Ambadi: The Queen Of Vegetables
- Deepali Verma
Updated : August 09, 2022 03:08 IST
The leaves are common in indian kitchens, known as Ambadi in Marathi, Gongura in Telugu, Sorrel Leaves or Roselle in English, Pitwaa in Hindi, khata Palanga in Oriya, and Mestapat in Bengali
Ambadi, sometimes called Gongura in Telugu, is one of the most well-liked green leafy vegetables. No celebration, including weddings and house-warming ceremonies, would be complete without Gongura food served to Telugu households. The popular herb gongura or ambadi is known for its sour flavour, which may transform any dish to which it is introduced. Ambadi's health benefits are surprisingly little known today. Indian agronomists have identified 1532 edible plants. These plants are used by rural and tribal populations as food, medicine, and sources of revenue. How many local flora do you consume? Our disregard for our local greens has earned them the label "Orphan Crops": those plants that no one wants to eat and, as a result, no one grows them.
Local greens, like Ambadi, are climate resilient, grow in all environments, require minimal effort, and may provide our farmers with a relatively simple source of income. Ambadi, a plant with green leaves and red stems, is a member of the hibiscus family. Ambadi is more acidic and taller than the other greens, therefore during the monsoon, it is not harmed by the microbes. It is safe to eat during the monsoon. Because of this, it is regarded as the queen of green vegetables. It is accessible nationwide and goes under various names. It is referred to as Ambadi in Marathi, Gongura in Telugu, Sorrel Leaves or Roselle in English, Pitwaa in Hindi, khata Palanga in Oriya, and Mestapat in Bengali. There are two types: red-stemmed leaf and green-stemmed leaf. Compared to the green, the red-stemmed type is sourer.
Ambadi/sorrel contains vitamin A (5320 IU, or 106 percent of your daily required consumption), vitamin C (64 mg, or 106 percent of your daily recommended intake), and folate, according to USDA statistics (about 4 percent of your recommended daily intake). Additionally, you'll get trace levels of pantothenic acid, thiamin, riboflavin, niacin, and vitamin B6.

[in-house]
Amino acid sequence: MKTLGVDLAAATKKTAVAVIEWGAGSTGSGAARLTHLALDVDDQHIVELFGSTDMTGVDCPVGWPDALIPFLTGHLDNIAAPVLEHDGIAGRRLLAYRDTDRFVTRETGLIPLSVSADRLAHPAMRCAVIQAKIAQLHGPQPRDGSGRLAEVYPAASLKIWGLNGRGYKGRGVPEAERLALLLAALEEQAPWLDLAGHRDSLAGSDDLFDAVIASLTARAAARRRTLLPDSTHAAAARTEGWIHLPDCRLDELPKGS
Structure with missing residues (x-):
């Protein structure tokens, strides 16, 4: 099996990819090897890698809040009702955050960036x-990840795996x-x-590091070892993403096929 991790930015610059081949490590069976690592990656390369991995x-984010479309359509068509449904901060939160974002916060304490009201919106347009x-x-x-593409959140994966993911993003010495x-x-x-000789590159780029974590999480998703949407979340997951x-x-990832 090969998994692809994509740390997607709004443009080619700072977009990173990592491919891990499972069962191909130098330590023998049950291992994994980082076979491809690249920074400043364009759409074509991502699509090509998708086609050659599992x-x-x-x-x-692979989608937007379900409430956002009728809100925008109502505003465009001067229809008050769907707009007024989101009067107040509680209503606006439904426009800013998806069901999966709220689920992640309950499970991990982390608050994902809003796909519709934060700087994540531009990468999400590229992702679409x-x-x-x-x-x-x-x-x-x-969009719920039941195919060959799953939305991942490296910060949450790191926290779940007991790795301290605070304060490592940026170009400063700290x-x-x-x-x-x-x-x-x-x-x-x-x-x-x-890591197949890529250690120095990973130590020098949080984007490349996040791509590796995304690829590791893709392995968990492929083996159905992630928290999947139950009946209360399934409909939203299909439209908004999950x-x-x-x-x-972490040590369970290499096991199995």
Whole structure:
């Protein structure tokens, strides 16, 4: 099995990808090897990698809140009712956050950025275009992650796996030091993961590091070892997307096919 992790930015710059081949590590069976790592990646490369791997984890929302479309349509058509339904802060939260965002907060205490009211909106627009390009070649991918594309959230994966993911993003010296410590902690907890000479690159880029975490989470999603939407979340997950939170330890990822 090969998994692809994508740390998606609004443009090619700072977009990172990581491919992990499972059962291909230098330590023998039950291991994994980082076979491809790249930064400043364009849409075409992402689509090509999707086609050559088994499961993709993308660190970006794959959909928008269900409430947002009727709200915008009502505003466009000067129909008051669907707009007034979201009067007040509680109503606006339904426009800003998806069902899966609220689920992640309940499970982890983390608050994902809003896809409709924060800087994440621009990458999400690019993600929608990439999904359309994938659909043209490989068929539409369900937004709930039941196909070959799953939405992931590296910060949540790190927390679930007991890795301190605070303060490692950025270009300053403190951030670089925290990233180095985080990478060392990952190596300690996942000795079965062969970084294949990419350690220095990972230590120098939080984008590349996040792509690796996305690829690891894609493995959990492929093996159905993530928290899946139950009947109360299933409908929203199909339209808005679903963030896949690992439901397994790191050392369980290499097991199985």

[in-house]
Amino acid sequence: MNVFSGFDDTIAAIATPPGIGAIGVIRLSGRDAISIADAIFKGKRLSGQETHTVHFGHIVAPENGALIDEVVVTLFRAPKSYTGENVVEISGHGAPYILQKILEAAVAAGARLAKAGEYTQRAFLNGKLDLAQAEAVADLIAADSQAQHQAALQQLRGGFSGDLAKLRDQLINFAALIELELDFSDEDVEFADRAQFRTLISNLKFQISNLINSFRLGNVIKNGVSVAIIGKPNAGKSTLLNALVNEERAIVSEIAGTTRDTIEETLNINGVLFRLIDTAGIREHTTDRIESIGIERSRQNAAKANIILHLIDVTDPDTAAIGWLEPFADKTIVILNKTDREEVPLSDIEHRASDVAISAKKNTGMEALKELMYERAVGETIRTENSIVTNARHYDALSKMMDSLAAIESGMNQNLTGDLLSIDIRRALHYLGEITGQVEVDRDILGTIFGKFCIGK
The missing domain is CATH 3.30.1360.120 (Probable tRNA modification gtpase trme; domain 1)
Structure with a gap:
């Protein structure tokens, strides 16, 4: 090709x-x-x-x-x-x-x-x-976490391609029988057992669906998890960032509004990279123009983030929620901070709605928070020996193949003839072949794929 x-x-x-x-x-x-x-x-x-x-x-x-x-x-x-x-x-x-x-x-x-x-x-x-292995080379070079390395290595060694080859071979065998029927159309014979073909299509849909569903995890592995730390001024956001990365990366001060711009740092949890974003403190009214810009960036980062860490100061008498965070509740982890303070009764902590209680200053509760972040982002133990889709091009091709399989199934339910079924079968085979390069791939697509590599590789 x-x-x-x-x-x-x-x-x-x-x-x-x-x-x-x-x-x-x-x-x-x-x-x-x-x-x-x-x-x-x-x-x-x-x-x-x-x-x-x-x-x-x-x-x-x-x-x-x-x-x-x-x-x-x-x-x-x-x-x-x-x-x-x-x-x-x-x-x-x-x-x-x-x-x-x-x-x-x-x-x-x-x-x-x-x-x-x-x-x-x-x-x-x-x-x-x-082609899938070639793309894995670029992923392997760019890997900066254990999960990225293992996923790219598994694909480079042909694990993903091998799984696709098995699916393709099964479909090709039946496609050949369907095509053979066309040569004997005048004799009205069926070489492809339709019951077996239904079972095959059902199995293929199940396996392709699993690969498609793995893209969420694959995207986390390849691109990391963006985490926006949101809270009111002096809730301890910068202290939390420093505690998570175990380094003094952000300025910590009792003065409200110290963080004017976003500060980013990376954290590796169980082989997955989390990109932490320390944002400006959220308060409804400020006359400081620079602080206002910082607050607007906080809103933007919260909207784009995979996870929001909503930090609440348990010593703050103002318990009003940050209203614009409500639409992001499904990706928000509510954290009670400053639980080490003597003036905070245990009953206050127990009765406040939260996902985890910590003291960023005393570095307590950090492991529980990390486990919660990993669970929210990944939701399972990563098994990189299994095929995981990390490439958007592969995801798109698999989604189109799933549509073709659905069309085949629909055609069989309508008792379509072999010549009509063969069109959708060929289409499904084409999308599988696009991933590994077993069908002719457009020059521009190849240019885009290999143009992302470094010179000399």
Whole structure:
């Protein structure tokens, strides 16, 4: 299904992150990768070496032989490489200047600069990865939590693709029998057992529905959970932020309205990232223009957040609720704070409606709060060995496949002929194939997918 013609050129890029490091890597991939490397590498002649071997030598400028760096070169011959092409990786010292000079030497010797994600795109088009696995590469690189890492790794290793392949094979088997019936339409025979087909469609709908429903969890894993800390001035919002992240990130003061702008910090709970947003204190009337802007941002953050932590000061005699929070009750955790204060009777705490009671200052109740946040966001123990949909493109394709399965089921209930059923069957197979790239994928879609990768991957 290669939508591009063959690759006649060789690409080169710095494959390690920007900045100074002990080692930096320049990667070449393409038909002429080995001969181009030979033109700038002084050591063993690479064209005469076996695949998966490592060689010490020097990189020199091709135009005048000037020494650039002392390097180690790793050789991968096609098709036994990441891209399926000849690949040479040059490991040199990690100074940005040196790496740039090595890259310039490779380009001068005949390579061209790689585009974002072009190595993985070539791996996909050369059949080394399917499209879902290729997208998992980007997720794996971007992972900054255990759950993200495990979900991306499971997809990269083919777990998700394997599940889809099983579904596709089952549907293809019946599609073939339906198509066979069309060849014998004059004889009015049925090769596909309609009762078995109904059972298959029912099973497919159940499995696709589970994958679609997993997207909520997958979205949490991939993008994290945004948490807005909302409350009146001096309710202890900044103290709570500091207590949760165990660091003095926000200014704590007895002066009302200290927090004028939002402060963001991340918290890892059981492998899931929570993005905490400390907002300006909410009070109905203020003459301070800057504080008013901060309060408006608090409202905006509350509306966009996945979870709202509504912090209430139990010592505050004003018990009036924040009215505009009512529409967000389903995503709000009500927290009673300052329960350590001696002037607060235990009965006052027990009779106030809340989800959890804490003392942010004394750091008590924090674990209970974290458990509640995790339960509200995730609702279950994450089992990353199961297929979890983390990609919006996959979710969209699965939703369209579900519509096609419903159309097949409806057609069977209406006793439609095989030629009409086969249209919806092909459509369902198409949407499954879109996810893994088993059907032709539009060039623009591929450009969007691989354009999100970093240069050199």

Healthy For Women
Ambadi is an excellent source of iron and folic acid. It doesn't have the constipation adverse effects that an iron supplement has. It reduces menstrual discomfort and lessens bleeding since it is a good source of vitamin C. Use it as tea when you have regular periods.
Beneficial To Bone Health
Ambadi leaves are a wonderful way to maintain strong bones, according to studies. This mineral-rich plant has large amounts of calcium, magnesium, and phosphorus, all of which are crucial for preserving strong and healthy bones. Such problems like osteoporosis can be avoided with a diet high in these minerals.
Boosts Immune System
The high concentration of vitamin C, sometimes referred to as ascorbic acid, is crucial for boosting the immune system and raising the body's supply of white blood cells. This is another factor in why ambadi and gongura are popular foods even during the monsoon season.
Improves Heart Health
In the blood, homocysteine is a typical amino acid. Early cardiac and renal problems are connected to high homocysteine levels. Ambadi is a fantastic source of folate and vitamin B6, which are essential for maintaining low levels of homocysteine.
The fibre in ambadi is excellent for regulating blood sugar levels. This low-glycemic index combination meal is traditionally eaten with bhakri made of makai, jowl, bajra, and ragi.
Helps Avoid Constipation
Ambadi contains magnesium and fibre, which quickly relieve constipation. This vitamin's laxative effect helps to relax the intestinal muscles, which promotes a smoother rhythm when bowel movements occur. It also has the ability to draw water, which softens the stool and makes it easier to pass.
Ambadi In Cooking
Flowers: Ambadi has lovely red blooms that can be taken after being boiled in water to treat stomach problems. This herbal tea may be the ideal detox beverage.
Leaves: All throughout the year, people from Meghalaya to Tamil Nadu enjoy eating leaves as a delicacy. The only green leafy vegetable consumed during the monsoon is this one. It is simple to add to your regular curries, dals, and pickles. It tastes distinctly sour. It is not only a tasty food option, but it is also a healthy one because it is a good source of vitamins and minerals.
Stems: Stems are consumed and prepared in the same manner as conventional curries and dals.
Seeds: Ambadi seeds are crushed to make oil, which is widely used to light lamps and can even be used for cooking.
Look for ambadi with firm, unwilted, deep-green leaves that are free of any yellowing or browning. Smaller leaves have a milder flavour and are more delicate. When storing it at home, wrap it in a paper towel or put it in a cloth bag, then refrigerate it until you're ready to use it. It often lasts between one and two weeks.